14. Chevrolet Calibra
In 1989, GM subsidiary Opel introduced an advanced sports coupe called the Calibra. The car featured modern, aerodynamic styling. Chevy built a lineup of cars that had four and six-cylinder engines with front-wheel drive. And at the time, it was one of the best affordable sports cars on sale in Europe.
However, GM decided to reintroduce this car in South America, and not as the Opel but as the Chevrolet Calibra. They sold the car with minimal modifications. Top brass at GM even considered bringing it to America, but that didn’t happen.
13. Ford Granada
American car enthusiasts will recognize the Granada name since Ford introduced it on a series of mid-size cars from 1975 to 1982. However, you may not know about European Granada. It was a different model Ford produced from 1972 to 1985.
Ford conceived it as a luxury model, so the Granada was the biggest car they sold in Europe. It was also powered by four and six-cylinder engines and featured a long list of optional extras. The model came in two distinctive generations and they later replaced it with the Ford Scorpio in 1985.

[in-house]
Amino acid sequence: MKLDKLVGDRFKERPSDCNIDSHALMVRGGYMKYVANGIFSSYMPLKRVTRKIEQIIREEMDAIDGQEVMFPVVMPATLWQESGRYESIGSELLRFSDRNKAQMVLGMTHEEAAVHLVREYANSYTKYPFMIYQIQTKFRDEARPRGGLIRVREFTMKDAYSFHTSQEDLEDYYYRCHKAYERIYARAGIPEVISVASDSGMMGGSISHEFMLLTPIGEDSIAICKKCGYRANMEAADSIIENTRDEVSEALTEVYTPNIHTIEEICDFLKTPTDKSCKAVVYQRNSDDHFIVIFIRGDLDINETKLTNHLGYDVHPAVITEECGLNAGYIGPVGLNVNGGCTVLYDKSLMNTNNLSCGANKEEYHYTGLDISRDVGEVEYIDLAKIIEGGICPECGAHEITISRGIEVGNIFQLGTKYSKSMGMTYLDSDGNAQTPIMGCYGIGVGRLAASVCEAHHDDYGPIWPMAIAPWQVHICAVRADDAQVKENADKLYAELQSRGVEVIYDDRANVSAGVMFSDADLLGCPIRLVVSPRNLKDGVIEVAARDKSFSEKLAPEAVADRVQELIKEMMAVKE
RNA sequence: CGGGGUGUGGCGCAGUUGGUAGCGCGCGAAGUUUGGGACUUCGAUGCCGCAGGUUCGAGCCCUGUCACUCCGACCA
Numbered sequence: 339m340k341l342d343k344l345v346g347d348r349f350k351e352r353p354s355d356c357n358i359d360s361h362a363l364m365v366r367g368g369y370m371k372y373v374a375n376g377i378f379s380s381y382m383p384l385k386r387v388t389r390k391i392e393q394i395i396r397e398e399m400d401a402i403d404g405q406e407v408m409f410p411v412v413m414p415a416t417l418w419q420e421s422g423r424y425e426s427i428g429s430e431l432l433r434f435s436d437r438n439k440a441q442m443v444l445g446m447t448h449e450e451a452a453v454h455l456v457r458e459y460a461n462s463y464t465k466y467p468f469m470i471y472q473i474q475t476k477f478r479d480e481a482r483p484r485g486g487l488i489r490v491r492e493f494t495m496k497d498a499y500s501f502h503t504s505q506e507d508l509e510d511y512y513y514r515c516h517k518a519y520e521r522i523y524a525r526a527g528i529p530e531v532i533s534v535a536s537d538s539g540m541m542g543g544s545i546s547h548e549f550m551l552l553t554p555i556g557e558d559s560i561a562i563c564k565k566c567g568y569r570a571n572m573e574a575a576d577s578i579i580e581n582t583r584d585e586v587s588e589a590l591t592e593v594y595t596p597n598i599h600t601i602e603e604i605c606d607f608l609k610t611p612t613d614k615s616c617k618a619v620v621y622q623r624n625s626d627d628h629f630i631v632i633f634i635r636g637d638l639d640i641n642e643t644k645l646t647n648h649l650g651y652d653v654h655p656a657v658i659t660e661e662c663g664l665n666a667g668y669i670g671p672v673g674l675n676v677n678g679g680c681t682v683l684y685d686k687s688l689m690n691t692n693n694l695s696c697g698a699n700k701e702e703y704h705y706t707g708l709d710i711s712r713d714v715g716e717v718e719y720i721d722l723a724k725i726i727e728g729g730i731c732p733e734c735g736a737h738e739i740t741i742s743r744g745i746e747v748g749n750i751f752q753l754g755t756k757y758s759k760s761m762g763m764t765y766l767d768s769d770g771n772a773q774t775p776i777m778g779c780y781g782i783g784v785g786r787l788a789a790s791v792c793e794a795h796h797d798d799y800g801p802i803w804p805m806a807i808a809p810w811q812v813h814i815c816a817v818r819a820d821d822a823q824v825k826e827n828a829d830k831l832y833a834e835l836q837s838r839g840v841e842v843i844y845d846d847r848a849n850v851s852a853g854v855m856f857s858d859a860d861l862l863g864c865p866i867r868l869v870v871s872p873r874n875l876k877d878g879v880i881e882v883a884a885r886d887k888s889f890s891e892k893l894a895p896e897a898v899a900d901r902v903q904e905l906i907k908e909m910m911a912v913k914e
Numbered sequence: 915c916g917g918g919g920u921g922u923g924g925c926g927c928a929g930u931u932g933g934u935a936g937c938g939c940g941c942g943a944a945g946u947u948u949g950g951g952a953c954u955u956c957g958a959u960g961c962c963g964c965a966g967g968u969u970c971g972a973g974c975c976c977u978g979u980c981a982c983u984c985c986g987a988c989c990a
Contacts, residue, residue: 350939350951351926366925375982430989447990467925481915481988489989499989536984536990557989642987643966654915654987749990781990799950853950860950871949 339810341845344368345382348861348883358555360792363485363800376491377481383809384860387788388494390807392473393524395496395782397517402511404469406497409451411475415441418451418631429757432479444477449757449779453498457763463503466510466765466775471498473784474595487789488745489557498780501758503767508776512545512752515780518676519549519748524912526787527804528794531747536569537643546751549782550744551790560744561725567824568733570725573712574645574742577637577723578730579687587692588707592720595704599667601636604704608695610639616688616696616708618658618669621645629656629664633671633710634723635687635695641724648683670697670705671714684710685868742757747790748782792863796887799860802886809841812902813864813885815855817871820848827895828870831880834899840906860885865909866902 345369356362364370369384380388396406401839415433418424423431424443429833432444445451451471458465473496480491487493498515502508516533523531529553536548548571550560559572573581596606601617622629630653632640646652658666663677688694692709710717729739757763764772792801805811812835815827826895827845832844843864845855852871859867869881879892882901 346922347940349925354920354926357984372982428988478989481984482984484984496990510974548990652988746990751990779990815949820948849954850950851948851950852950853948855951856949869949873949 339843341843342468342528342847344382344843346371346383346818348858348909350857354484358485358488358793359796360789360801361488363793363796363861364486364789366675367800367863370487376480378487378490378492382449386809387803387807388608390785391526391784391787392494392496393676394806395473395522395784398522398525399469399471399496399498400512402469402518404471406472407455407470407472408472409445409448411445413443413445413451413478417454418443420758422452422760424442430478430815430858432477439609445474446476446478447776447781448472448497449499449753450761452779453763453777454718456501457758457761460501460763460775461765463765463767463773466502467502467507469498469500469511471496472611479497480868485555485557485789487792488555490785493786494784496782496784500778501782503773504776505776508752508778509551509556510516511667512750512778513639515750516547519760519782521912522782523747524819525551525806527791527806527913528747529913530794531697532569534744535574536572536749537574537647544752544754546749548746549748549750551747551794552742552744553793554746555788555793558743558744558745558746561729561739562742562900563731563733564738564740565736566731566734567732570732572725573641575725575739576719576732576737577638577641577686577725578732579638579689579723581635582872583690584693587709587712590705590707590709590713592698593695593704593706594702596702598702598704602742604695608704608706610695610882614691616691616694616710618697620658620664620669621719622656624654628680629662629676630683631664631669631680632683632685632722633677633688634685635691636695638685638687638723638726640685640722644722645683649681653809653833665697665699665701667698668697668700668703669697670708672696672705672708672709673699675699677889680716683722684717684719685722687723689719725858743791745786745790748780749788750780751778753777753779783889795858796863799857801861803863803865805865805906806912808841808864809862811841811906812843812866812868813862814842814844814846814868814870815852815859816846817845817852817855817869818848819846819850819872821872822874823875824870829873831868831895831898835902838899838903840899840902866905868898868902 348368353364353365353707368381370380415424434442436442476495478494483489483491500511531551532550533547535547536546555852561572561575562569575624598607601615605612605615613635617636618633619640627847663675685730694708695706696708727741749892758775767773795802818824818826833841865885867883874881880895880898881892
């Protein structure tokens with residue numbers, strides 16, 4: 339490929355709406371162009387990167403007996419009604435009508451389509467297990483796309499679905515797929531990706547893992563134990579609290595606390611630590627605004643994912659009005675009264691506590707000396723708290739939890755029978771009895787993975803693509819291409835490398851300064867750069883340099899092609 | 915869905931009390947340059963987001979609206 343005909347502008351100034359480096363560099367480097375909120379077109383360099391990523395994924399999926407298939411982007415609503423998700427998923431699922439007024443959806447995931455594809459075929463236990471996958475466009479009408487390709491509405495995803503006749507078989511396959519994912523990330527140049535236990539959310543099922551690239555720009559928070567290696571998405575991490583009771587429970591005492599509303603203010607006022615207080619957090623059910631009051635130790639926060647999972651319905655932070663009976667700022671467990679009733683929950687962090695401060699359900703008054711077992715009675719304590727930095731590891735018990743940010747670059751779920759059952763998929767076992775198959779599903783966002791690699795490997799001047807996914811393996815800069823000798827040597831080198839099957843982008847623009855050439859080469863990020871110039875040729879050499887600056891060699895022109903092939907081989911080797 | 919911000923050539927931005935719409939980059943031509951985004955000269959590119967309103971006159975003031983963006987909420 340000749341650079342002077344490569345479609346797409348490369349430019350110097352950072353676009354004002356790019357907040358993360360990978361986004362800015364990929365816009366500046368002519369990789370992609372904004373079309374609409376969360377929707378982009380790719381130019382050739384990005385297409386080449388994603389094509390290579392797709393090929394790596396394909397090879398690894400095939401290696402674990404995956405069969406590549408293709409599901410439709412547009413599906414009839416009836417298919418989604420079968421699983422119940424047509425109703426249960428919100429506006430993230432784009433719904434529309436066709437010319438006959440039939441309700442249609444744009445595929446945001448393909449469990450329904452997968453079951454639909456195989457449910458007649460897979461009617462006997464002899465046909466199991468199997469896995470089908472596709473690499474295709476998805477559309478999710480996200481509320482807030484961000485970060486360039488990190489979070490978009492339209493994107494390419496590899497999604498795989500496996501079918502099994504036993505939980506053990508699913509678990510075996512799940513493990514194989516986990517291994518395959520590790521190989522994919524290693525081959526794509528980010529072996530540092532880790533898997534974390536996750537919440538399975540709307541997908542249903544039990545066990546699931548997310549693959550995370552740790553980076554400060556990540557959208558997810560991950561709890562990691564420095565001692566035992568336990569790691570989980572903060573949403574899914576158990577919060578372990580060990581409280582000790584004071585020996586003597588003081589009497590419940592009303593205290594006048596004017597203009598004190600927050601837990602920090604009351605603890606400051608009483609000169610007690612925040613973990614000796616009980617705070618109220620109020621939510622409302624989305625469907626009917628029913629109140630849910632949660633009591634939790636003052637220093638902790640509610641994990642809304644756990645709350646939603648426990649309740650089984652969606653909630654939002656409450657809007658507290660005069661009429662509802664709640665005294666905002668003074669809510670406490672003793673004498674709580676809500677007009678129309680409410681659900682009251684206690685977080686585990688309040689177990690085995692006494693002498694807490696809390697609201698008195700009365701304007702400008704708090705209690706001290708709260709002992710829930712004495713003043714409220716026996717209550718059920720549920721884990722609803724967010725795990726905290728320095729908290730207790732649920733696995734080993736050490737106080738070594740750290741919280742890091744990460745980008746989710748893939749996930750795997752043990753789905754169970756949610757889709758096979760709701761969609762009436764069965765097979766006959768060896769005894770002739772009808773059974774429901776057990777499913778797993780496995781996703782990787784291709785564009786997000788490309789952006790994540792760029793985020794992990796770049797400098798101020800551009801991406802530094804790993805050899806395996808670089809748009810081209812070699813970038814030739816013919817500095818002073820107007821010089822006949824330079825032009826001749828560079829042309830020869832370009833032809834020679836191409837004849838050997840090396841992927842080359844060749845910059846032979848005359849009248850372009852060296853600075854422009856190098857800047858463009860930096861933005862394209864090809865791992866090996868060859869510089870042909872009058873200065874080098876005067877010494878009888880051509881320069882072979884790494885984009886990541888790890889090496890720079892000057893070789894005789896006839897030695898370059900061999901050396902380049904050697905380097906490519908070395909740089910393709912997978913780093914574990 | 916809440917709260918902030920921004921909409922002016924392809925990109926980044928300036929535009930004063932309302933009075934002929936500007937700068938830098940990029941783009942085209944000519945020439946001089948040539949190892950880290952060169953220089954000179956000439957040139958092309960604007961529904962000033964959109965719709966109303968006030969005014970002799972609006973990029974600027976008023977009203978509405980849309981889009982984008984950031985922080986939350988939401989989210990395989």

12. Ford Sierra XR8
You might remember the Ford Sierra, the definitive ’80s Ford’s mid-size family model with rear-wheel drive. The car was sold in America as Merkur XR4Ti with a 2.3-liter turbo engine with modest success. But South Africans had a different idea.
The Ford SA produced a limited run of Sierra XR8 models, which featured a 5.0-liter V8 engine with 220 HP straight out of a Mustang. With its light body and manual transmission, the Sierra XR8 could accelerate from 0 to 60 mph in less than seven seconds, making it perfect as a basis for a successful racing car. Since this was a homologation special, the production was small at just 250 examples which looked almost stock.
10. IKA Torino
The IKA factory was established in 1955 as a Kaiser subsidiary in Argentina, which produced American-designed models for the local buyers. However, in 1964, IKA, now a part of American Motors Company, needed a modern-looking and powerful car in order to compete on the Argentinean market. AMC provided IKA with a 1965 Rambler American platform, including body panels and drivetrain, while IKA designed and produced the front and rear end design and interior.
The Torino debuted in 1966 and was pretty modern and advanced for Argentinean standards of the day. However, IKA realized that the Torino had more potential of just being a right road car and started upgrading the engine as soon as 1969 with the Torino 380W model. This version included a 3.8-liter engine with 176 HP and unique exterior trim.